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Mycobacterium ulcerans AGY99

Mycobacterium ulcerans AGY99 is an emerging pathogen that causes Buruli ulcer, a chronic, necrotic skin lesion in humans, and has rapidly emerged as an important cause of morbidity around the world. The prevalence of Buruli ulcer throughout West Africa appears to have increased dramatically since the late 1980s. Buruli ulcer is considered the third most common mycobacterial disease of non-immunocompromised persons after tuberculosis and leprosy. M. ulcerans is unlike other mycobacterial pathogens in that it appears to maintain an extracellular location during infection and produces a macrolide toxin, mycolactone. Despite several extensive investigations over the past 30 years, the mode of transmission of M. ulcerans has not been determined. It has been suggested that M. ulcerans is derived from M. marinum, an intracellular pathogen of fish and humans, commonly isolated from aquatic environments worldwide. Indeed, according to one hypothesis, M. ulcerans may have diverged recently from M. marinum by the recruitment of foreign DNA from the environment. The Mycobacterium ulcerans AGY99 genome was sequenced by The Institut Pasteur and has a total of 4160 genes.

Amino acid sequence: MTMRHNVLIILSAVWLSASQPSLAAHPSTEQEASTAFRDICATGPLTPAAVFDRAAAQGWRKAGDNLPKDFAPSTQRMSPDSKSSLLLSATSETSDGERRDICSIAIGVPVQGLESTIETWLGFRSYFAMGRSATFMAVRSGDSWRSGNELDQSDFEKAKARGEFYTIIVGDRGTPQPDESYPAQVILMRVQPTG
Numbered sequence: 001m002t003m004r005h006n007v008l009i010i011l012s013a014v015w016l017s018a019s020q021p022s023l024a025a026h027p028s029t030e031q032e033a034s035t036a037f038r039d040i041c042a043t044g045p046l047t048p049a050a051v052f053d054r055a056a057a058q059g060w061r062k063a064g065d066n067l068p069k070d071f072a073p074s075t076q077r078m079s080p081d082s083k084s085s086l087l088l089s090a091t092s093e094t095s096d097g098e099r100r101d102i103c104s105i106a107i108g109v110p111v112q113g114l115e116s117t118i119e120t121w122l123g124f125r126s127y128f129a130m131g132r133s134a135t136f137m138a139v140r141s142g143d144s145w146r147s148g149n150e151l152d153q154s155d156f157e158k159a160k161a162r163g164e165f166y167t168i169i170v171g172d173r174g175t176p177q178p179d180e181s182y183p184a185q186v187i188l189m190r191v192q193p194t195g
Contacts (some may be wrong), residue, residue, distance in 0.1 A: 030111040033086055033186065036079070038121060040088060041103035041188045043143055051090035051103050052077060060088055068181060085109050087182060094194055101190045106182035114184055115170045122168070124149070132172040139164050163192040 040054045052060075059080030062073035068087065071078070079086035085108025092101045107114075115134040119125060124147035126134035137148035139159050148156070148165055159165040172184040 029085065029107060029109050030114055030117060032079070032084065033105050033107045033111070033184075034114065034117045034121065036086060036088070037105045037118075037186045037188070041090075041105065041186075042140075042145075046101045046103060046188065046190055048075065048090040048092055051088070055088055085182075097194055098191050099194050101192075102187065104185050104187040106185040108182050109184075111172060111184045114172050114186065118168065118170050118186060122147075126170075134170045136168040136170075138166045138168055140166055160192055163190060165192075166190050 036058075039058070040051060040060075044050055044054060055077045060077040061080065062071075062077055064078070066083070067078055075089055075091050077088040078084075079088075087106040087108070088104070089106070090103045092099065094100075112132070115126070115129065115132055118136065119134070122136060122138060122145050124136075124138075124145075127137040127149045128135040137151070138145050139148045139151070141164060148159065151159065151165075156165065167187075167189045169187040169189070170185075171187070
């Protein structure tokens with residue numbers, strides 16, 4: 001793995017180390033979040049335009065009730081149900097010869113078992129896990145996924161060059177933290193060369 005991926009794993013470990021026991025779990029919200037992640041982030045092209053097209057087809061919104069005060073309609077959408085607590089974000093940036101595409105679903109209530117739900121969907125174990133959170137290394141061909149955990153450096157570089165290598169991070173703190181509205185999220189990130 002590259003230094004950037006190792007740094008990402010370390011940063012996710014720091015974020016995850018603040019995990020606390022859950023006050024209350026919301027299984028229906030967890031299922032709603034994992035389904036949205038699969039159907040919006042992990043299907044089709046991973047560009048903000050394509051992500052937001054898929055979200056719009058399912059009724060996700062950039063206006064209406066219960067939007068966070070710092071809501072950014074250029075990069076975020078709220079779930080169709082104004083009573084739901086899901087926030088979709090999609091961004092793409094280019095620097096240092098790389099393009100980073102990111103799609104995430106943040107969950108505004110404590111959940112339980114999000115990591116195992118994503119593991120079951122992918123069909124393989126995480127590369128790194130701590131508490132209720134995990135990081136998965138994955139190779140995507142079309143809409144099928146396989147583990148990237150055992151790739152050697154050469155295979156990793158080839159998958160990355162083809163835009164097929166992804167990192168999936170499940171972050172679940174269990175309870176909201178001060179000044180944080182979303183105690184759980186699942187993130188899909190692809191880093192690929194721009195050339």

Type Specific analysis
 
 
 
MycoSec